The Key To Empowerment On International Women's Day And Every Day
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When I want to explain why empowering girls and women is critical to fighting poverty, I often tell a person's story. It's easier to relate to a personal story than to global data telling us that the majority of the billion people who live on less than $2 per day are women and girls. We are often told to never treat a person like a statistic.

But what if conventional wisdom is wrong? What if quantifying results can help us reach our goals?

Rina Begum is a real person -- but she's also a statistic. When CARE met her, Rina and other women in her remote village in Bangladesh lived under virtual house arrest. Local tradition forbade women from leaving home without male escorts. Women who dared do so were subjected to public sexual harassment and even violence.

Many women and girls around the world face similar limits to their freedom. For example, in parts of Nepal, women are confined to sheds while they menstruate. Adolescent girls, who cannot go out in public, are denied the opportunity to go to school. With restricted movement, women are less likely to earn income and less able to access health care. Furthermore, in too many places such rules often go hand-in-hand with forced child marriage.

CARE invited Rina and more than 2 million other Bangladeshis to participate in a program designed to fight malnutrition. Called SHOUHARDO (a Bangla word meaning friendship) and funded by the U.S. Agency for International Development, the program combined direct nutrition-focused interventions such as child feeding with indirect interventions that struck at the roots of the problem -- most notably the deep inequalities between women and men.

Hear more from Dr. Helene Gayle, CEO of CARE USA, and keep reading below.

Rina lives in one of 408 villages and urban slums where groups of 20 women and 10 adolescent girls gathered regularly to discuss how to confront the barriers holding them back. The groups discussed their lack of decision-making power, violence against women, barriers to education, and early marriage. They received literacy training, and learned basics of Bangladeshi law.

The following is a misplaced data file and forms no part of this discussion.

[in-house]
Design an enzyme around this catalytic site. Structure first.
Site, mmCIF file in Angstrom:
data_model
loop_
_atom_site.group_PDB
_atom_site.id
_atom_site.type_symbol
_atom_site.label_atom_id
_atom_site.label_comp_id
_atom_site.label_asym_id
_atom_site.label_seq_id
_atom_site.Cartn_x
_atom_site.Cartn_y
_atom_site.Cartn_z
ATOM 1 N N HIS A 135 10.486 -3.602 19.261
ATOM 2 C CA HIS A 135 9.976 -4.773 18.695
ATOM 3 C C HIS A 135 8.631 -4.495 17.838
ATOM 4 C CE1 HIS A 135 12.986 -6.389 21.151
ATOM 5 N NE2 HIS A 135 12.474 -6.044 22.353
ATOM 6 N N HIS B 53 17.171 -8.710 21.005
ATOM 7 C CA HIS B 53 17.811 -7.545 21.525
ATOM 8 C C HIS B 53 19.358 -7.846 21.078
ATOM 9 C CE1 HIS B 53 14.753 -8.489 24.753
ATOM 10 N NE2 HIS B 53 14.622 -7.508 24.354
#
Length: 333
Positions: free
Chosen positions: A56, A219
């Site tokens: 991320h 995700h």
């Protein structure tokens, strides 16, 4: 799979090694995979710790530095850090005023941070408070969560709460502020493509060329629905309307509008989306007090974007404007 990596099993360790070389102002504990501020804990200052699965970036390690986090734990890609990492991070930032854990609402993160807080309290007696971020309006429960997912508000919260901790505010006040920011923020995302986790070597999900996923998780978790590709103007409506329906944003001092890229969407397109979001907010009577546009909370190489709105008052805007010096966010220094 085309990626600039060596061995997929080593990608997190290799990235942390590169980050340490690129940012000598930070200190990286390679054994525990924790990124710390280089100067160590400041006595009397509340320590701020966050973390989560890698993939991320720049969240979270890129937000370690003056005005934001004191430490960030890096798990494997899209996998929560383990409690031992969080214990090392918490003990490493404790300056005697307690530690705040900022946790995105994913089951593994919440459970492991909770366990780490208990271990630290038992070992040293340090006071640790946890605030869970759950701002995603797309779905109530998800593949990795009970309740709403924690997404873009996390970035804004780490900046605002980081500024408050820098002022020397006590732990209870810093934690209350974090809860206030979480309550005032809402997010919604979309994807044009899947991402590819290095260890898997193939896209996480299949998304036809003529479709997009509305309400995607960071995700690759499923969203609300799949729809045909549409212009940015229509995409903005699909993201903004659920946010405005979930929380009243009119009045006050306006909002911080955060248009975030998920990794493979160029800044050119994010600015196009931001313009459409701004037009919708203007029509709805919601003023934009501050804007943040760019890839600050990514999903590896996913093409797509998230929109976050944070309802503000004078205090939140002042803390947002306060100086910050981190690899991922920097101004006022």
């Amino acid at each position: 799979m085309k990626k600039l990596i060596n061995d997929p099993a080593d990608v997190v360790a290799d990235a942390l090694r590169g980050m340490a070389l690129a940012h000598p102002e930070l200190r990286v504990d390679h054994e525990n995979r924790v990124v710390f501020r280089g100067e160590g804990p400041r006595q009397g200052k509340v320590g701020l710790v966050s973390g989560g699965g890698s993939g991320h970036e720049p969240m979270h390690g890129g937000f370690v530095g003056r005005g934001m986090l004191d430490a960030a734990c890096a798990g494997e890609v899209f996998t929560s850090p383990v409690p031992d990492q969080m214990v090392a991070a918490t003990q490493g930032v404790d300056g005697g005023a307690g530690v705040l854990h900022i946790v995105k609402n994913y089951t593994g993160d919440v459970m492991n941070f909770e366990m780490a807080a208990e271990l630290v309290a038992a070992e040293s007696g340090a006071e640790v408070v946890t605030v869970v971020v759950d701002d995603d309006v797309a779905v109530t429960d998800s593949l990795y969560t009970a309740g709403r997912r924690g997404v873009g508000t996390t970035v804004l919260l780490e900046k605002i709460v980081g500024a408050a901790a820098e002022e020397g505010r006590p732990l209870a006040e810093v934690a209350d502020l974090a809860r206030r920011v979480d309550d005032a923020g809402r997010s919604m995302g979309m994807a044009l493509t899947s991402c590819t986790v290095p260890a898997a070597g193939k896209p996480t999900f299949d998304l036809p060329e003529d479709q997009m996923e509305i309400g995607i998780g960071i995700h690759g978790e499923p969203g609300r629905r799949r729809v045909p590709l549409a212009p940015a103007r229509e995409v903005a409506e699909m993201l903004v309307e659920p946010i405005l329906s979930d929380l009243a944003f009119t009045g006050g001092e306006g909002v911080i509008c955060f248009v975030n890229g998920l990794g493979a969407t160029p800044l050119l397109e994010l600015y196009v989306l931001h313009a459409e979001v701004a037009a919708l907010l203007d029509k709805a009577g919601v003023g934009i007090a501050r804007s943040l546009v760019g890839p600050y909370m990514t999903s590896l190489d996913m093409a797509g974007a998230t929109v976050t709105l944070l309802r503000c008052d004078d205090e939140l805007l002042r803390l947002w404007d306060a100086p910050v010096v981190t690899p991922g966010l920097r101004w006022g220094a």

The women in Rina's group confronted the men in the village about the harassment of girls and women until it eventually ceased. They stopped four child marriages with police assistance. And, most noticeably, women and girls began leaving their homes and moving about more freely.

But what happened to Rina and her neighbors was more than a story. Researchers evaluating SHOUHARDO were actually able to quantify the growing influence of women in their communities. For example, they found a 46 percent increase in the proportion of women who participated in decisions about the use of loans and savings.

So what does greater gender equality have to do with child malnutrition? A lot, according to a recent study of SHOUHARDO published by the Institute of Development Studies. SHOUHARDO reduced the proportion of young children with "stunting," a measure of the shortfall in growth due to malnutrition, by an astounding 28 percent in less than 4 years. And women's empowerment played a major role in that drop, researchers found. The young children of women who were part of empowerment efforts like Rina's were taller than those of women who participated only in traditional programs that included direct nutritional support such as regular food rations.

Poverty-fighting organizations have known for decades that empowering girls and women yields benefits for entire families and communities, but here was clear proof. This was empowerment you could measure with a yardstick.

On International Women's Day, CARE is shining a light on the need for more such evidence in the growing movement to empower women and girls. After all, how can you celebrate wins -- or more importantly, replicate them -- if no one is keeping score? We drive home that point in a new report titled "Reaching New Heights: The Case for Measuring Women's Empowerment."

In the report you can read, among other things, more about Rina. Her destiny was not to be confined in her home or even her group's meeting room. "I had to explore beyond it," she said. The statistics showed that, in this way, Rina was not unique. And that is exactly why her story is so important.

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